Larry Hillman’s life as a Maple Leaf could not have been better timed.
From June of 1960 — when he was claimed off waivers from Boston — to June of ’68 — when he departed to Minnesota in the same fashion — the solid defenceman had his name on four Stanley Cups, and played a huge role in the club’s final championship in 1967.
Family and friends posted that the Kirkland Lake, Ont., native died late Friday at age 85, though no cause of death was listed. His years in Toronto were preceded by a Cup with Detroit in 1955 and another with Montreal in 1969.
He once took credit for the “Hillman Hex” on the Leafs after a salary dispute with general manager/coach Punch Imlach, which took on a life of its own as Toronto’s title drought reached half a century. But Hillman insisted in recent years he’d lifted it in hopes his former team would win again.
Like many Leafs who were the backbone of the 1960s dynasty, Hillman came from a rugged upbringing in the Northern Ontario. He went by the locker-room monicker ‘Morley’ — one of his middle names.
“A very low-key man, a solid defender, very loyal, the ultimate pro,” Brian Conacher, Hillman’s teammate in ’67, said on Saturday. “Hockey was his life. He was shuffled around by the Leafs (to the farm) a few times and played for so many teams (eight in the NHL in 19 years), you might get the idea he couldn’t keep his job. But he was certainly a special player in our Cup year.”
Leafs forward Ron Ellis called Hillman “a great stay-at-home defenceman” whose work was often overlooked.
“One thing that stands out to me was in the ’67 playoffs, he and (defence partner) Marcel Pronovost were not on the ice for an even-strength goal against,” Ellis said Saturday. “They were a good match — he let Marcel do all the rushing.”
With Imlach using four primary defencemen, that season was considered Hillman’s best as a Leaf as he went through all 12 playoff games against Chicago and Montreal without taking a penalty.
“That was a special time for everyone to be a Leaf,” Ellis said, “to win the last Cup of the Original Six in Canada’s centennial year.”
Hillman moved on to play with Minnesota, Philadelphia, Los Angeles and Buffalo. He concluded his career with three years in the World Hockey Association with Cleveland and Winnipeg, later coaching the Jets to the 1978 Avco Cup.
Developing his game in junior with Windsor and Hamilton, the six-foot Hillman broke in with the Red Wings and became the youngest player to get his name on the Cup at 18 years, two months and nine days, which can’t be bettered as current rules require a player to be at least 18 to start a season. Hillman went to Boston, but was demoted in 1959-60, winning the Eddie Shore Award as the AHL’s top defenceman, leading new Leafs’ boss Imlach to acquire his rights.
Relying on more physicality than finesse, as did most blueliners of his day, Hillman could both hit and move the puck quickly. But the Leafs were still a hard team to make with strong rearguards such as Tim Horton, Carl Brewer, Bob Baun and Allan Stanley. In 1967, he played 55 regular season games in a Toronto lineup sprinkled with many players over 30 years old. He was ranked as the 88th best player in franchise history in the 2002 book ‘Maple Leafs Top 100’ by a media panel.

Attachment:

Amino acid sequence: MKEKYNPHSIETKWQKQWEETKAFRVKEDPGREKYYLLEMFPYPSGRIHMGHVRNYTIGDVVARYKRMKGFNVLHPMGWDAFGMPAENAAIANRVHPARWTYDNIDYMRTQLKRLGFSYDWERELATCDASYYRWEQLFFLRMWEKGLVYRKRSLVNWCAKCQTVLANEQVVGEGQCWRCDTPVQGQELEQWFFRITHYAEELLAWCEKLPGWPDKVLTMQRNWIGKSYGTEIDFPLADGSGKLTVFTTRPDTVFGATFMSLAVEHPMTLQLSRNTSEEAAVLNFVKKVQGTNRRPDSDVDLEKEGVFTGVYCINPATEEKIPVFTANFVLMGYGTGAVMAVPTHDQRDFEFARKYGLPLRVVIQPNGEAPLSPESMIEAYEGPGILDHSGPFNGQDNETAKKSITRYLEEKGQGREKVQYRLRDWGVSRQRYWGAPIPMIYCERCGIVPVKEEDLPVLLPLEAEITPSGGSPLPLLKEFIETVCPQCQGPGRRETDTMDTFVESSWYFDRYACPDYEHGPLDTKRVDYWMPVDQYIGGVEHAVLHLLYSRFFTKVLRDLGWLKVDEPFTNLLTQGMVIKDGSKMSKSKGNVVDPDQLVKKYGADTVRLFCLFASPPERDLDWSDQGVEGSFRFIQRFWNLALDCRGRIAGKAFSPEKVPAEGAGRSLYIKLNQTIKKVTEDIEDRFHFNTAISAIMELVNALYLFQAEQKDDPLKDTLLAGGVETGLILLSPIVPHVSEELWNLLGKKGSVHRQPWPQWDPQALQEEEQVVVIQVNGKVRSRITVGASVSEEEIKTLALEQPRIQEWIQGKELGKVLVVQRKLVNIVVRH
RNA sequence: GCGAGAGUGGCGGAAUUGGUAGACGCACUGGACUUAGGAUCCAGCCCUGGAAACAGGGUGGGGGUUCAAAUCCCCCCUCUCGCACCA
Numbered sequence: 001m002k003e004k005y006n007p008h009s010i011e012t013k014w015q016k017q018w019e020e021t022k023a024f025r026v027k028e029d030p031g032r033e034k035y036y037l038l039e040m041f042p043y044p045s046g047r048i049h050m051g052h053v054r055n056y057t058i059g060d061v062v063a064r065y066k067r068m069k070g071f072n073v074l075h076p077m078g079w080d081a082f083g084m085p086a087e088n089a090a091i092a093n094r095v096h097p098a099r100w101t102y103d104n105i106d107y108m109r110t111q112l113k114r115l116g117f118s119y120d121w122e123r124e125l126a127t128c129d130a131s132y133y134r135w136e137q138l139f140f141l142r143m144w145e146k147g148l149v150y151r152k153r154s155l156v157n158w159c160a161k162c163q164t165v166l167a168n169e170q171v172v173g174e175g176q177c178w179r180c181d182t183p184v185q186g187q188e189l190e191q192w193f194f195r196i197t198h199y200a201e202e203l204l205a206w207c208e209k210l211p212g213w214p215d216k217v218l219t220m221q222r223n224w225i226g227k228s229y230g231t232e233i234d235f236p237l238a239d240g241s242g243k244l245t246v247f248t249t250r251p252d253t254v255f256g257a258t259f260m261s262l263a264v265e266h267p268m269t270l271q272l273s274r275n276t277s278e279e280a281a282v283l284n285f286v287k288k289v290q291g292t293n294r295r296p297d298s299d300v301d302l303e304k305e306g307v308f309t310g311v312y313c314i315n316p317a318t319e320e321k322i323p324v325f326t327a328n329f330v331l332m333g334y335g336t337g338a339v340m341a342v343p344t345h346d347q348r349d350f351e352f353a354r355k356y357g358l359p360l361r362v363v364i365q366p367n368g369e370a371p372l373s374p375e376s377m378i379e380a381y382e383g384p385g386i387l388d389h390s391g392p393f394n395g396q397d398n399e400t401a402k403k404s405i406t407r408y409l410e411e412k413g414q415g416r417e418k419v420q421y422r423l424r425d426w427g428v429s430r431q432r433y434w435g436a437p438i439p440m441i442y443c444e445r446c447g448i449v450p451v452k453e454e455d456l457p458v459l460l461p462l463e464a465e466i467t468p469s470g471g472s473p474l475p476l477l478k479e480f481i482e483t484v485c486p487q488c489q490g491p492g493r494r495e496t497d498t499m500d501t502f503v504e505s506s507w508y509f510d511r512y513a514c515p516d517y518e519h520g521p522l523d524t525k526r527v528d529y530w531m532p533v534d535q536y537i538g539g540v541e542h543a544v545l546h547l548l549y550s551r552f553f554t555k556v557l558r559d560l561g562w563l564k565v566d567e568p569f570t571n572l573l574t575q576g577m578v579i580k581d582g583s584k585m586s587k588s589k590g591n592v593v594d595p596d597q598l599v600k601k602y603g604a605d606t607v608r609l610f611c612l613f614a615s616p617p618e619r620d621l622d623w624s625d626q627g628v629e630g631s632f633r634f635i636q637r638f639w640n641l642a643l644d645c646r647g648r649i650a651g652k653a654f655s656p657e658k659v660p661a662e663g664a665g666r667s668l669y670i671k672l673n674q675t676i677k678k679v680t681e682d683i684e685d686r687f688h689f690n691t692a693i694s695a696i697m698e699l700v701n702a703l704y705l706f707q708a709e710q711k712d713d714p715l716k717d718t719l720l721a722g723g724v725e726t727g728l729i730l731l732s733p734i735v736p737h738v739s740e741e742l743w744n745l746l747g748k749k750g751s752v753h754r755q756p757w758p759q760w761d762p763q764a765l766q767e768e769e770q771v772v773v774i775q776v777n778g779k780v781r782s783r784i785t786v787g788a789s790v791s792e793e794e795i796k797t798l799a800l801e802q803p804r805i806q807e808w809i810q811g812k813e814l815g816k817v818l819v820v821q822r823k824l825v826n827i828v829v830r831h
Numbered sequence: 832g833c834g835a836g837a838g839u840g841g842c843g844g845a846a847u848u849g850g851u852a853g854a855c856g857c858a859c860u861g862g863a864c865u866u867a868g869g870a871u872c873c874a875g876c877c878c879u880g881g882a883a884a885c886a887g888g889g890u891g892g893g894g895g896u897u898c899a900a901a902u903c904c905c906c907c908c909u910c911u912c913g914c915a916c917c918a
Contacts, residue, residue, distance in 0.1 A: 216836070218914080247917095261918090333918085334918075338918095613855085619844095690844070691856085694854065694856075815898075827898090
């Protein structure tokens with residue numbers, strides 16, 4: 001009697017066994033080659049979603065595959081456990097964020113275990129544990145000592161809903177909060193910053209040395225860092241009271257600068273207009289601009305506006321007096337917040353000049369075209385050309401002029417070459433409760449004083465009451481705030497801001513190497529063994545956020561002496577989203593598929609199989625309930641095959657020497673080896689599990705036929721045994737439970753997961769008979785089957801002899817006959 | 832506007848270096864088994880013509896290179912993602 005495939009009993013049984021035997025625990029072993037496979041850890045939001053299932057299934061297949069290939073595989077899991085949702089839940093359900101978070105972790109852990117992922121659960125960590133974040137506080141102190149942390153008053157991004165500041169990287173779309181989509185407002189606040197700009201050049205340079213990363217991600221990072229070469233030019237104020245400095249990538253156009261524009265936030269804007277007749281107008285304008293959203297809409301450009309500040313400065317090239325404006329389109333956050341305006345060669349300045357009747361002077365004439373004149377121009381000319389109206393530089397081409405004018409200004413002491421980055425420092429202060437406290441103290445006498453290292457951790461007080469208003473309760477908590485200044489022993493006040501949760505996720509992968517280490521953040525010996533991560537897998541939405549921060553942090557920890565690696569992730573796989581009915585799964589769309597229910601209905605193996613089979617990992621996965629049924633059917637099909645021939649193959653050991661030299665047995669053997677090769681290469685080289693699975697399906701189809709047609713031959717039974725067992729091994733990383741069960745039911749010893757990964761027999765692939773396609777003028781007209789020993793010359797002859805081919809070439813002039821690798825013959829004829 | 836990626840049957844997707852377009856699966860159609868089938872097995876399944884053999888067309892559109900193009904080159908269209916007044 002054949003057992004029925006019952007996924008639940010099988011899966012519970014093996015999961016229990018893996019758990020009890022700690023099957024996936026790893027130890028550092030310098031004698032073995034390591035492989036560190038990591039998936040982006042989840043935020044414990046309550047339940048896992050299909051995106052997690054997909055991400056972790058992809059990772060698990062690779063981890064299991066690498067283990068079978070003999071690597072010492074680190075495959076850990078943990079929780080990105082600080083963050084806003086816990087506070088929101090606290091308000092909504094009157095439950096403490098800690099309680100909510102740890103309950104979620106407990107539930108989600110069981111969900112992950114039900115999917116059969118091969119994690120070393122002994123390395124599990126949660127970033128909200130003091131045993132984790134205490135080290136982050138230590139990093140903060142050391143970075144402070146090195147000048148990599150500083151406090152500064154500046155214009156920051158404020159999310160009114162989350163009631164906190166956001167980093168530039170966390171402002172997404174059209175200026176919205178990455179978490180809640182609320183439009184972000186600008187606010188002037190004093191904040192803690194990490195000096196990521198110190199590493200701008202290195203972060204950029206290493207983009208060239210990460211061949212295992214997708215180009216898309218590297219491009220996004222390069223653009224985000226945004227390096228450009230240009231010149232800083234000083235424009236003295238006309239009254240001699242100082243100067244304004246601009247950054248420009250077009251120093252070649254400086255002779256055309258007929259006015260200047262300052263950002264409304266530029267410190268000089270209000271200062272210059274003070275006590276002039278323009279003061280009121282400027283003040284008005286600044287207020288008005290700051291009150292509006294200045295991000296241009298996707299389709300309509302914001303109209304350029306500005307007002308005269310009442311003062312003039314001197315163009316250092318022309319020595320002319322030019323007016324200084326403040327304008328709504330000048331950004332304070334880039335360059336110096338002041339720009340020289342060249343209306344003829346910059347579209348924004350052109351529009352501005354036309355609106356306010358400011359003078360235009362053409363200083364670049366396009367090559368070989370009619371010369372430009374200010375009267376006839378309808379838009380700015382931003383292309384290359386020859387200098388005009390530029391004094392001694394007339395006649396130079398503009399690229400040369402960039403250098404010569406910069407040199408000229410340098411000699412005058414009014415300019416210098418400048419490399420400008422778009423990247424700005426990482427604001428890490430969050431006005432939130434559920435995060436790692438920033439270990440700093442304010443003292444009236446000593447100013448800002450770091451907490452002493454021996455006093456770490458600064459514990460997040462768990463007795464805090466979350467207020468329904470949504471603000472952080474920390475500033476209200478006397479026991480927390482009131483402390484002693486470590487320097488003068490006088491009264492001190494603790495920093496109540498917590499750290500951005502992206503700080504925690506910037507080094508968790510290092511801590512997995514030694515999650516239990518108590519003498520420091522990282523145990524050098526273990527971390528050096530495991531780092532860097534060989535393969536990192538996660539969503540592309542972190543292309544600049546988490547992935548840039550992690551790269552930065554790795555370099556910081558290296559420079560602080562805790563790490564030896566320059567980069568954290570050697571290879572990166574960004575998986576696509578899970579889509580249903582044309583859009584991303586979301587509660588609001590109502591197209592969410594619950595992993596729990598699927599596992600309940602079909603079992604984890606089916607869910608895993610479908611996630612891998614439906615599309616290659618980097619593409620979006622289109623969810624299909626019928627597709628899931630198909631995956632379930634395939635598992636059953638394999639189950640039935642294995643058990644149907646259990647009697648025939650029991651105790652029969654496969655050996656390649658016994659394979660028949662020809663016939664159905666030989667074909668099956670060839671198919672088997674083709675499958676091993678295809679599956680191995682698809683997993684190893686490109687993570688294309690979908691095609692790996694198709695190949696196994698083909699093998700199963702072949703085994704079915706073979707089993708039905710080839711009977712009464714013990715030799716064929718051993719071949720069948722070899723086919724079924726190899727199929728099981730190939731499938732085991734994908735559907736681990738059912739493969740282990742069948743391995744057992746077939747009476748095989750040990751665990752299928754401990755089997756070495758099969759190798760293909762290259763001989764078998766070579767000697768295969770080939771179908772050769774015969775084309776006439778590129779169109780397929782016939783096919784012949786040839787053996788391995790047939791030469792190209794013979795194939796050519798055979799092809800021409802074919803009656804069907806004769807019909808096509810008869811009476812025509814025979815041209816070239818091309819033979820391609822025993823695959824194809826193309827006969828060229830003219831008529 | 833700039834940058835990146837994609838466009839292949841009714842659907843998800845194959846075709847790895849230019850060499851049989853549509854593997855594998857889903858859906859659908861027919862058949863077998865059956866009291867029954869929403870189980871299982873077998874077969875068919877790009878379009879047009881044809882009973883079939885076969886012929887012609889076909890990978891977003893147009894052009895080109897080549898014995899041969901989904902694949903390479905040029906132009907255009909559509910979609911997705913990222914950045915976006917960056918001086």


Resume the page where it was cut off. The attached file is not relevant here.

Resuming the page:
But in the summer of 1967, Hillman requested a $5,000 raise from Imlach to top him up to $20,000 a year. The tight-fisted Imlach refused to go beyond $19,500 and fined Hillman $100 a day while he held out. Though claimed by the North Stars the following year, the loss of $2,400 for staying away three weeks irked Hillman for years and he famously vowed the Leafs would not win another Cup until it was repaid — with interest.
“Imlach was not an easy guy to play for,” Conacher said. “You didn’t respect him as much as fear him.”
Only Hillman, Frank Mahovlich and Mike Walton ever did win another Cup after ’67.
“It would have been a lot cheaper to pay that than signing all those million-dollar players,” Hillman joked of the hex in 2016.
But for the Leafs’ 2017 centennial, club president Brendan Shanahan went to the board of Maple Leaf Sports and Entertainment and had a $2,400 cheque issued — with compound interest — to offer him, a gesture Hillman greatly appreciated.
“I was hoping 40 years was enough,” Hillman told the Sun of the Cup drought in 2008. “It’s harder now to win with 30 teams in the league instead of six. You’re gambling all the time when you often have no cards to start with.
“It was too bad that they broke us up after the last Cup, because a group of us, such as Johnny Bower and Dave Keon, had been there for a long time.”
As a coach, Hillman had a very gifted Jets team that included Bobby Hull, Anders Hedberg, Ulf Nilsson, Kent Nilsson and Willy Lindstrom, which won 50 regular season games and the 1978 league title, though he was let go before the Jets joined the NHL the next year.
Hillman, who is on a very small list of players to win Cups with three different Original Six teams, ran various outdoors-themed businesses in the north country after his retirement.
Larry’s younger brother Wayne, also a defenceman who played in the NHL and WHA and on teams with Larry, died of cancer in 1990.